Misunderstood and Forgotten:
The Greek Naval Mutiny of April 1944


A study by Marc C. Jones







Abstract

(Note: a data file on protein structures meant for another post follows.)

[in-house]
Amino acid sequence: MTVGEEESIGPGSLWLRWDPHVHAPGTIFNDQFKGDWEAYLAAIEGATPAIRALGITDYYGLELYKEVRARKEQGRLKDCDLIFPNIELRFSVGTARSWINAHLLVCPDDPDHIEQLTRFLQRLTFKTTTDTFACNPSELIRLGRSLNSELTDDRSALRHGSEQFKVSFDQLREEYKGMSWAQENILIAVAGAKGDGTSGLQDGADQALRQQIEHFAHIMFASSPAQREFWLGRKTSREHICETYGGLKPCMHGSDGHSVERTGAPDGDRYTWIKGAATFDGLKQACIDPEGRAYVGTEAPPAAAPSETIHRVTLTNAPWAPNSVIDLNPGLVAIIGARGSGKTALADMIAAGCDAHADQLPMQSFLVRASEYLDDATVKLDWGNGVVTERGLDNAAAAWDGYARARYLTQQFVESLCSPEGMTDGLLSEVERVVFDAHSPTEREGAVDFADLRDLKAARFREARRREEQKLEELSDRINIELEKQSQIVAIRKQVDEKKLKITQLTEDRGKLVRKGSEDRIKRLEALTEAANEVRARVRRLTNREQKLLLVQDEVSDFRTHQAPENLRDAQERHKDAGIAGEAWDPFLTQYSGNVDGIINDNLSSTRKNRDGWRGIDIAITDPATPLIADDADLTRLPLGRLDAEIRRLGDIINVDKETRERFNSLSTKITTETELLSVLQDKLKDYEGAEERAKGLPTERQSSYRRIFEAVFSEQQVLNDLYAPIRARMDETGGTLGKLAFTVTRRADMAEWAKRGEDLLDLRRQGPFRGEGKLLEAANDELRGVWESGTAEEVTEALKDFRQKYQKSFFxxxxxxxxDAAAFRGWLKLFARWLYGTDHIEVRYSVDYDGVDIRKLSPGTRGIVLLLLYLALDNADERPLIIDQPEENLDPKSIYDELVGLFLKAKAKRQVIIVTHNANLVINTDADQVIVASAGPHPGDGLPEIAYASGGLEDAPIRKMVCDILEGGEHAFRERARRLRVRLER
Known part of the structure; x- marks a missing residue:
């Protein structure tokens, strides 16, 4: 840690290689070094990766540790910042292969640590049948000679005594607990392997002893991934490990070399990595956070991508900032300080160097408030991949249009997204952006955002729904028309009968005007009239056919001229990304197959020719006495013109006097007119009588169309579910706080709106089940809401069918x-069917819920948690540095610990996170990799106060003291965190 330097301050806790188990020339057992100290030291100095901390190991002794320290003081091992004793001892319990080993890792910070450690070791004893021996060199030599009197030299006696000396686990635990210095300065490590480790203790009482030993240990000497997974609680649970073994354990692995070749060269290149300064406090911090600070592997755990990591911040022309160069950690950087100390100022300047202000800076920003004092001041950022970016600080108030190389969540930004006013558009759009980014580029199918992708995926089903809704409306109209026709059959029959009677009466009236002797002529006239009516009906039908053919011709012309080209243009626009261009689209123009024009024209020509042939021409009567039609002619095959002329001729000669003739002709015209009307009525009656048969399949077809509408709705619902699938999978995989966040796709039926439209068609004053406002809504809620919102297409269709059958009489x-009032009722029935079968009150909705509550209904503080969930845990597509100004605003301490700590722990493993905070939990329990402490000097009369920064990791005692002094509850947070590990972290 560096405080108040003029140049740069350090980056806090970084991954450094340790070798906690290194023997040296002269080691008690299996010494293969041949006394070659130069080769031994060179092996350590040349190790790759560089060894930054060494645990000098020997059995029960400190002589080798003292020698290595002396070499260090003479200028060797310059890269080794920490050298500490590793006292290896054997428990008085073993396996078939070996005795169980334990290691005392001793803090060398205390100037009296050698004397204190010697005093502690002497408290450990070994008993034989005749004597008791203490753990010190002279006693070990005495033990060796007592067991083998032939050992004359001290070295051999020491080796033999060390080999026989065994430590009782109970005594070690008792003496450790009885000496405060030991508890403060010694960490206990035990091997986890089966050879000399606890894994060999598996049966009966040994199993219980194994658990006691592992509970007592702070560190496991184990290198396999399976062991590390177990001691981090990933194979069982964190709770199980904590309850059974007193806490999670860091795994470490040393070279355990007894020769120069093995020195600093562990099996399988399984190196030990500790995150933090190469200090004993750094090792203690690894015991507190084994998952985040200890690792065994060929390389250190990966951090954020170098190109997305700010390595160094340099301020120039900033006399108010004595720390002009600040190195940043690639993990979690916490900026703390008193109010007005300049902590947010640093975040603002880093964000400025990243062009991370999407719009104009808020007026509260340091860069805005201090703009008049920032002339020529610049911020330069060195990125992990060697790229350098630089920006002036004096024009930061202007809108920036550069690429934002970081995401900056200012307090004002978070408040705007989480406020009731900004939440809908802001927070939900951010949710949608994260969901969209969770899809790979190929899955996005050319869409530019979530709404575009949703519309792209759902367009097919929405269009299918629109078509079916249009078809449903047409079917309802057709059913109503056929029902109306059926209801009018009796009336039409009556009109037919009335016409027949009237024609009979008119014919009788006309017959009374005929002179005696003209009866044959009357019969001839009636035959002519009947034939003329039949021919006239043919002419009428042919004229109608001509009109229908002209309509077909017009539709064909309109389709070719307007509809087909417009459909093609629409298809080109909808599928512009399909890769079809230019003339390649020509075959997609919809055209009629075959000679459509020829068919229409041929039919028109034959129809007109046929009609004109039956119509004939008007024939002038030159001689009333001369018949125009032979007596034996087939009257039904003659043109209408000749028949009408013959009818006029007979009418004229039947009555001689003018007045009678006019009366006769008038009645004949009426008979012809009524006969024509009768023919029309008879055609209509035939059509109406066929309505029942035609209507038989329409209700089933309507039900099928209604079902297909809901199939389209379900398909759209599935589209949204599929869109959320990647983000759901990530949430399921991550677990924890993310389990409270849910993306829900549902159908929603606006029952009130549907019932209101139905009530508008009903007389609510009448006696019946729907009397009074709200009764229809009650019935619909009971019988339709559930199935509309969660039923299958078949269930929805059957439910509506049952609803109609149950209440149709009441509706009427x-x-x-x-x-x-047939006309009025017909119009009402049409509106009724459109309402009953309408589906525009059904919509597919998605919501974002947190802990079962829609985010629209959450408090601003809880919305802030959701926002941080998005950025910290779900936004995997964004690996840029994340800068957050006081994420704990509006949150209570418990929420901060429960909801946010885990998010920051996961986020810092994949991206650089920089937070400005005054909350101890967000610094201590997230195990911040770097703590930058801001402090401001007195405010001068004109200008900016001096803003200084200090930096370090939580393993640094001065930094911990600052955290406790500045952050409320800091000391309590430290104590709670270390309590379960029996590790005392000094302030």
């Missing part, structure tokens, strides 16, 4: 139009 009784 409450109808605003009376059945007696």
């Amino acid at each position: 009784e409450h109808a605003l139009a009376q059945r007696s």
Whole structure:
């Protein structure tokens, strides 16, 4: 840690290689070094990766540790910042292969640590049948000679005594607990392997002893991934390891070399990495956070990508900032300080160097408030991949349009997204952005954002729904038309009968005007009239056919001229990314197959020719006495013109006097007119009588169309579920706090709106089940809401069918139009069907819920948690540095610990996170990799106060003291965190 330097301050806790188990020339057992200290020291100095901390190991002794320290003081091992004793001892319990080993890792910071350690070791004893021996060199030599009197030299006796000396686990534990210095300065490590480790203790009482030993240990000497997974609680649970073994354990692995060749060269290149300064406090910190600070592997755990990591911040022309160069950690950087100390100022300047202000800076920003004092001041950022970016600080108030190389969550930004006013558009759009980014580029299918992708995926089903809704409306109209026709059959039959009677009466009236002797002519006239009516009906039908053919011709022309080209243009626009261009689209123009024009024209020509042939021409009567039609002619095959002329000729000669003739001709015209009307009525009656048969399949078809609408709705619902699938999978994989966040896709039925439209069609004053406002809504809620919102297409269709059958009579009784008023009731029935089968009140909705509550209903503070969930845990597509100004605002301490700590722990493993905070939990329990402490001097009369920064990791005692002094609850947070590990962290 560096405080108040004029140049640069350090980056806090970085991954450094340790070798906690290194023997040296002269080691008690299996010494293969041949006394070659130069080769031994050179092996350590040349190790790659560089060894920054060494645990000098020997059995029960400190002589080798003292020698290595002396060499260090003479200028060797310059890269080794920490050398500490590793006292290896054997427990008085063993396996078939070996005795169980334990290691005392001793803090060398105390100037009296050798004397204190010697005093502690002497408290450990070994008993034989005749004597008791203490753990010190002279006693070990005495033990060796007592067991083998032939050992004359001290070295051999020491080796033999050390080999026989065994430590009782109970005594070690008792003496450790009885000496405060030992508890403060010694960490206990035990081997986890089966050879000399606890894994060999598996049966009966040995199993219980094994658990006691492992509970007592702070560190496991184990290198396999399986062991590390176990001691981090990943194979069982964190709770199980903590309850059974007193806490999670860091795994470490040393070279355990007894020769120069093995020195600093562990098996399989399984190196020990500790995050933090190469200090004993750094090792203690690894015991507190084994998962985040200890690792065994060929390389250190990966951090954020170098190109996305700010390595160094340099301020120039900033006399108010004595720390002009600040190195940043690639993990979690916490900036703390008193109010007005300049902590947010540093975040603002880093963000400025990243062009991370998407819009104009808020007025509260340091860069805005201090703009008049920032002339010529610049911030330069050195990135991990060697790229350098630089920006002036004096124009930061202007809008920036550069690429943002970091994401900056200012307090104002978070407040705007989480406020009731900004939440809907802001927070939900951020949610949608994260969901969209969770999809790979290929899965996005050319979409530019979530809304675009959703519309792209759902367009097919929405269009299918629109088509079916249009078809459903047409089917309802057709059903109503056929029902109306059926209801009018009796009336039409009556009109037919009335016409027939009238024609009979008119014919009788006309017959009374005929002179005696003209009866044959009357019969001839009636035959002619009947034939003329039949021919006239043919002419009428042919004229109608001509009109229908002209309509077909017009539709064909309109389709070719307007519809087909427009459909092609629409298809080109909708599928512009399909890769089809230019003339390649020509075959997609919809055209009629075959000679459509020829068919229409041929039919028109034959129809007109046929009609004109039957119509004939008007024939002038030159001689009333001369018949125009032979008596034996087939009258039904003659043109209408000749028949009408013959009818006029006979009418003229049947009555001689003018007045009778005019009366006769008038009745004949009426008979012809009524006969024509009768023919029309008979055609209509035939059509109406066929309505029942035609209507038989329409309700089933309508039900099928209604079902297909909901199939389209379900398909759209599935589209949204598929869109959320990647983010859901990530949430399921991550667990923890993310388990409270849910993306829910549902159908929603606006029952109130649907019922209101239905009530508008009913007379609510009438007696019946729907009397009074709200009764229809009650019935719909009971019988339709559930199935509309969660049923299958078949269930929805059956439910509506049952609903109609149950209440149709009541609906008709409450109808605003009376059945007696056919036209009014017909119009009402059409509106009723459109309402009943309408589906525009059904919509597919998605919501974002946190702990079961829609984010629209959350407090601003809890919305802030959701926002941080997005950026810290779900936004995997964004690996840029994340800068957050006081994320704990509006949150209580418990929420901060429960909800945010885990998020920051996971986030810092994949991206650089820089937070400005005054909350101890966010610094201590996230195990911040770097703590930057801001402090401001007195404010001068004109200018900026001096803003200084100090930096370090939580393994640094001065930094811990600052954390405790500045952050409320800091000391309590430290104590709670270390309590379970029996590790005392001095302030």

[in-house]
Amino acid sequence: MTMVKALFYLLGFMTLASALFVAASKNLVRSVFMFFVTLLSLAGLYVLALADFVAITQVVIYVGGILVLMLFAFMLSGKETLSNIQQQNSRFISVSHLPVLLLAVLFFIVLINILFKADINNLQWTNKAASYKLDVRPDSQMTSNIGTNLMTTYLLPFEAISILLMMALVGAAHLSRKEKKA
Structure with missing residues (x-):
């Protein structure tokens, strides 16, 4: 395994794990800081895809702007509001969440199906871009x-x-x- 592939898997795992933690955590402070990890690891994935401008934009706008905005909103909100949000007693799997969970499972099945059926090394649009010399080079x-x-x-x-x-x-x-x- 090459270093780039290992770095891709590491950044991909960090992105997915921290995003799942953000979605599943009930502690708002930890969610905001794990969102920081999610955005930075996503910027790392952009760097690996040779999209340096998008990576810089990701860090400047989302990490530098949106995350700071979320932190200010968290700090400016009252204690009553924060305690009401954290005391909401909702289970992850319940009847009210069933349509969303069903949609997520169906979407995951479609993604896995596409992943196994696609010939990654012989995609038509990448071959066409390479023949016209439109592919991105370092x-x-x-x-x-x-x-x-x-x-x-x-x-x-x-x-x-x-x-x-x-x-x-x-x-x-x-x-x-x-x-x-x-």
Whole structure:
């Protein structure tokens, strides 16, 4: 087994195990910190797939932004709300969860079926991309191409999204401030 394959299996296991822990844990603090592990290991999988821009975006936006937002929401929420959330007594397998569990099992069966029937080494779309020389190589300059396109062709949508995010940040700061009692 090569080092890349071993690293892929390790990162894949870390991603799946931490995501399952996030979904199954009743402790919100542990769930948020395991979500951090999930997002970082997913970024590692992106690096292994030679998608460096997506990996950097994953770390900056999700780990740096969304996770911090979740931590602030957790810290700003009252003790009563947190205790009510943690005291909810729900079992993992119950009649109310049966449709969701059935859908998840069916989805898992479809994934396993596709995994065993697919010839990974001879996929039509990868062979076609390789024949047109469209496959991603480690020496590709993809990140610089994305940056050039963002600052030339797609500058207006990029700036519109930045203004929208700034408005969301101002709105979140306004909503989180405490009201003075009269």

After being driven from Greece by the German military in 1941, the Royal Hellenic Navy (RHN) operated alongside Britain's Royal Navy (RN) from bases in Egypt, Lebanon, and Malta. In April 1944 the RHN experienced a widespread mutiny, which began in Alexandria, Egypt, over the political composition of the Greek government. This essay explores the importance of the Alexandria mutiny to the RHN. It investigates the role of the navy in the royalist/republican rivalry of the 1920s-1930s, the wartime return to service of republican officers, the RHN's operations under British direction in the eastern Mediterranean, the political orientation of the government-in-exile, disturbances in the RHN prior to the mutiny, the events of the mutiny itself, the aftermath of the mutiny, how the mutiny affected the RN-RHN relationship, and the significance of the mutiny within the context of naval history in general. Wartime RN records held at the Public Record Office outside London, United States Navy intelligence reports held at the National Archives and Records Administration at College Park, Maryland, as well as unpublished and published secondary sources, provide the basis of this investigation.




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